Elsewhere: A referendum in the Bahamas earlier this year came out against permitting locals to gamble. *File photo of the Atlantis resort
Elsewhere: A referendum in the Bahamas earlier this year came out against permitting locals to gamble. *File photo of the Atlantis resort

A referendum on casinos in Bermuda should be scrapped if a resort developer comes to the table with a serious bid, a senior political insider has told the Bermuda Sun.

And the source, with close links to the highest echelons of the OBA, added that a “groundswell” of opinion both inside and outside of the party was to push ahead with casino -developments without spending time and money on organizing a public vote on the issue.

Other Government sources agreed that if a stark choice emerged between giving a developer the go-ahead to create hundreds of jobs — and waiting for the green light via a referendum — the OBA will likely choose the former. 

‘Sheer madness’

It is also understood that -Government is wary of gambling on a public vote — in case the church votes weighs in heavily against allowing casinos on the island.

The insider said: “If we had the right deal that came along and was plonked on the table, there would be a good reason not to have a referendum. And if the right deal was put on the table, it would be sheer madness to refuse it.”

And he hinted that developers could be lined up to invest in Bermuda — creating a boom in construction and jobs. He said: “There are potentially deals out there — we just need to land one. We are talking about 1,000 jobs and a $500 million investment – the Bahamas had a referendum on gambling [it came out against] and it said it wouldn’t do it again.

“I’ve not had a single person come up to me and say there has to be a referendum – it’s entirely the opposite. They say we just need to get on with it.”

The source, who asked not to be named, said setting up a referendum would take considerable time and was likely to cost a six figure sum.

The insider added: “They are not cheap – it would be somewhere in the region of a quarter of a million dollars. In this climate, that’s a lot of money.”

The source added that even framing the question – or questions – for a referendum would be a difficult prospect.

A simple ‘yes’ or ‘no to resort gambling would raise a further question on whether Bermudians would be allowed to use the facilities.

The insider said: “Resort gambling is one thing, but whether local people would be barred is another – two very distinct questions.”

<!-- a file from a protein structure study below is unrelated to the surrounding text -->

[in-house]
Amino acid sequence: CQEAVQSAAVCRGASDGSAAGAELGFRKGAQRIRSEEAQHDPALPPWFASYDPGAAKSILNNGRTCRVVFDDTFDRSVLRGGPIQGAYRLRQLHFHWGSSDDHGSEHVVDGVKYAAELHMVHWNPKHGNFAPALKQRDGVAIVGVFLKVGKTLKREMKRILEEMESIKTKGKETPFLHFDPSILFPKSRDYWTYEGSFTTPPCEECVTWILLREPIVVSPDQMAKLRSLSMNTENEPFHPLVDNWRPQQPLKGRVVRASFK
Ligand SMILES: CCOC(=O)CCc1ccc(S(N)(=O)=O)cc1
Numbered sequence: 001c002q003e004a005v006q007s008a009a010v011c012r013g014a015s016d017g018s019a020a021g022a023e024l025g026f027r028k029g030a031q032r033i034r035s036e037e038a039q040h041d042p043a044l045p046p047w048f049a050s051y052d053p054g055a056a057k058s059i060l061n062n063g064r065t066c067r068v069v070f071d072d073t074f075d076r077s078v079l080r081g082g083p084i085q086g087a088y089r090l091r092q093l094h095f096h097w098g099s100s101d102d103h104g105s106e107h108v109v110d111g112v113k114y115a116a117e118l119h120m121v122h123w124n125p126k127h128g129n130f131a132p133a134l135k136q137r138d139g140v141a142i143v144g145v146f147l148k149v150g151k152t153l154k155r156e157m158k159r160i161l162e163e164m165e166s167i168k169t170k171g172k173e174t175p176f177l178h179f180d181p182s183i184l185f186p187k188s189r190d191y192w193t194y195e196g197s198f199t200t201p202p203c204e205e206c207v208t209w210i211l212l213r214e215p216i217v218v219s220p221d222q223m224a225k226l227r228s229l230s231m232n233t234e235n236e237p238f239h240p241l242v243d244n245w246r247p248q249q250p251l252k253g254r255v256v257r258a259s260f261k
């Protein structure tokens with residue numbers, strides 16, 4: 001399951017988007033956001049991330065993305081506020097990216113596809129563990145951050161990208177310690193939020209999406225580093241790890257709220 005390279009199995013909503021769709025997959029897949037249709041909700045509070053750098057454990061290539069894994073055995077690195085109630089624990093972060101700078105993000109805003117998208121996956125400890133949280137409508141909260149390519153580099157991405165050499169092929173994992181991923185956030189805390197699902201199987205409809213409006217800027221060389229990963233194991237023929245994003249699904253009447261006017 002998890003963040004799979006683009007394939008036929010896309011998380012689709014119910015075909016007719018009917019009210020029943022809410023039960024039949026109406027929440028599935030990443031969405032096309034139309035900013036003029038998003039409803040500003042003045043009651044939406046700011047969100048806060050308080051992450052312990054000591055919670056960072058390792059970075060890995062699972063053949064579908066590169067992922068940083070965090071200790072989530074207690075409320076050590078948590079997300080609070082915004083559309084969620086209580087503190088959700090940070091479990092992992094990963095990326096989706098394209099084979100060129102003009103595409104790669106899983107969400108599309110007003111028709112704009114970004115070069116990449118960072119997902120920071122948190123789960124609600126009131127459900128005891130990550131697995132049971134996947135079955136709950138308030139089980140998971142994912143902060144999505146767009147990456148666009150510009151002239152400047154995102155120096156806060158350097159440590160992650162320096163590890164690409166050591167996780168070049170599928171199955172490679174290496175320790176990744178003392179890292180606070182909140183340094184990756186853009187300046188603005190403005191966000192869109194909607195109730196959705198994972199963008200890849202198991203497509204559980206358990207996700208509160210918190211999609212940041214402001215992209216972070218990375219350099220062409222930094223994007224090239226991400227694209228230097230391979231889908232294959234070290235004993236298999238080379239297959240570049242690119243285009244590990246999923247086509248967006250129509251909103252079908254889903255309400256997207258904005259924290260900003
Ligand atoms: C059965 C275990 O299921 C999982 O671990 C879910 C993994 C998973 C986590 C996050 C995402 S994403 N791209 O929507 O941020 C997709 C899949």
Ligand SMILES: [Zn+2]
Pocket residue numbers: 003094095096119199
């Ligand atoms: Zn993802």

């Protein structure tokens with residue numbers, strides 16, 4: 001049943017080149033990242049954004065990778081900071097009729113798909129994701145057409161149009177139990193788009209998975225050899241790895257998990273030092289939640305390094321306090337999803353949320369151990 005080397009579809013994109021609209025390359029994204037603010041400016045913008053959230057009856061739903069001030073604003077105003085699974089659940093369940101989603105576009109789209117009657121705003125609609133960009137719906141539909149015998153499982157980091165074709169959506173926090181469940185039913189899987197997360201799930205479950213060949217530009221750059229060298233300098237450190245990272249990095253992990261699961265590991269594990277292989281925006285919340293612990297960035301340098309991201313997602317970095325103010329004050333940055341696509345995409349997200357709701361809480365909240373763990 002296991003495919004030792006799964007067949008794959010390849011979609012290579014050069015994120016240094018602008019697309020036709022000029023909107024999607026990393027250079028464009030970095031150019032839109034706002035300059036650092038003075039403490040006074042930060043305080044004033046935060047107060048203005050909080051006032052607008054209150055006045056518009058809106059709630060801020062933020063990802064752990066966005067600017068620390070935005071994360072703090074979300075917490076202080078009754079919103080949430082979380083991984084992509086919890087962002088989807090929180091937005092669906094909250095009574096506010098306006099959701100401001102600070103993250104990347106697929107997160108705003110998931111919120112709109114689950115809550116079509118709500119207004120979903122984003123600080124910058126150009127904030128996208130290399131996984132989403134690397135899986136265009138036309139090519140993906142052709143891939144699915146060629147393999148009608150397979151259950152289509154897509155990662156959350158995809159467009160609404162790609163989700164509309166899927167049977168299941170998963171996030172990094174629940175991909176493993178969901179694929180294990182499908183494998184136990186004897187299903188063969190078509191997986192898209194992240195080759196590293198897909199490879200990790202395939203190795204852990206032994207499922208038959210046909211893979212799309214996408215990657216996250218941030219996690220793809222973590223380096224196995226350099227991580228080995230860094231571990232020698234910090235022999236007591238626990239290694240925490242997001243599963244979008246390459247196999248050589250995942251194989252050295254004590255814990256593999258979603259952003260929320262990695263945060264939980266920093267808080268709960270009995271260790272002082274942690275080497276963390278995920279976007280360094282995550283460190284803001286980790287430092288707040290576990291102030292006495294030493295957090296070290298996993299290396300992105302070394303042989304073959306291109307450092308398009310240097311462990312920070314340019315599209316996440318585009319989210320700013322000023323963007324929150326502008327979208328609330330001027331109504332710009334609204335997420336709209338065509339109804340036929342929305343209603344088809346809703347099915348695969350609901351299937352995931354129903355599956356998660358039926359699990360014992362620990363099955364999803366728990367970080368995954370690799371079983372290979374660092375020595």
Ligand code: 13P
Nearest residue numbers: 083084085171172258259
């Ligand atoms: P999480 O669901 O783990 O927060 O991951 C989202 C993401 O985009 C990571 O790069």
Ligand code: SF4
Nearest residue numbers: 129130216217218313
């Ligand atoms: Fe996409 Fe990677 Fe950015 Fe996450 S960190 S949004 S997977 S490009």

Another senior political source, also with his finger on the pulse of Government, said that a referendum could be arranged and held within six months, but that there were signs of increasing impatience.

But he added: “There are people of that view – my own is that we can have a referendum within the next six months. I don’t think that’s a valid excuse but from Government’s point of view, they know the answer they want.

“If someone put up a plan, Government could go to the public and if it’s overwhelmingly accepted, if someone did come in and said ‘give me a hotel and gaming licence, but it needs to be done in a certain amount of time’ and it was presented to the public, polled and there was an 80 to 90 per cent approval rating, you could say we don’t need a referendum.”

He said: “There is that tension – it’s a little bit of a complex situation.”

The source added that there was “more public confidence in leadership” than there was during previous PLP administrations.

And he said: “If we were to present a reasonable plan to the public… the public would say ‘yes’. But I could be wrong on that.”

He said, however: “There are suggestions that there are people nibbling around the edges who have shown an interest and do have the means.”

The Bermuda Sun asked Tourism & Transport Minister a series of questions on the issue, including whether Government might consider abandoning plans for a referendum if a firm offer was tabled, what questions might be asked if it goes ahead and whether the referendum would be regarded as binding or advisory.

A spokesman for Mr Crockwell said yesterday: “All of your questions will be addressed when the House resumes in September.”

The OBA in its pre-election platform in 2012 said it would hold a referendum on allowing casinos to operate on the island, although it was not mentioned in its first Throne Speech after it won the General Election in December that year.

The then-ruling PLP committed to referendum on the issue in its 2011 Throne Speech and later passed legislation allowing for a public poll to be held.

After the House of Assembly upheld a ban on allowing cruise ship casinos to open in port, the Bermuda Sun quoted OBA MP and barrister Mark Pettingill, then an Opposition MP, as saying he had represented people who wanted to buy a hotel site — but pulled out after the 2010 Green Paper on onshore gambling was rejected.

The House of Assembly in 2010 debated the issue, but did not vote. A large majority of MPs spoke out against allowing gambling in Bermuda. Moves in favour of gambling  had been led by then-PLP Premier Dr Ewart Brown.

We reached out to Premier Craig Cannonier late yesterday afternoon but there was no comment by press time.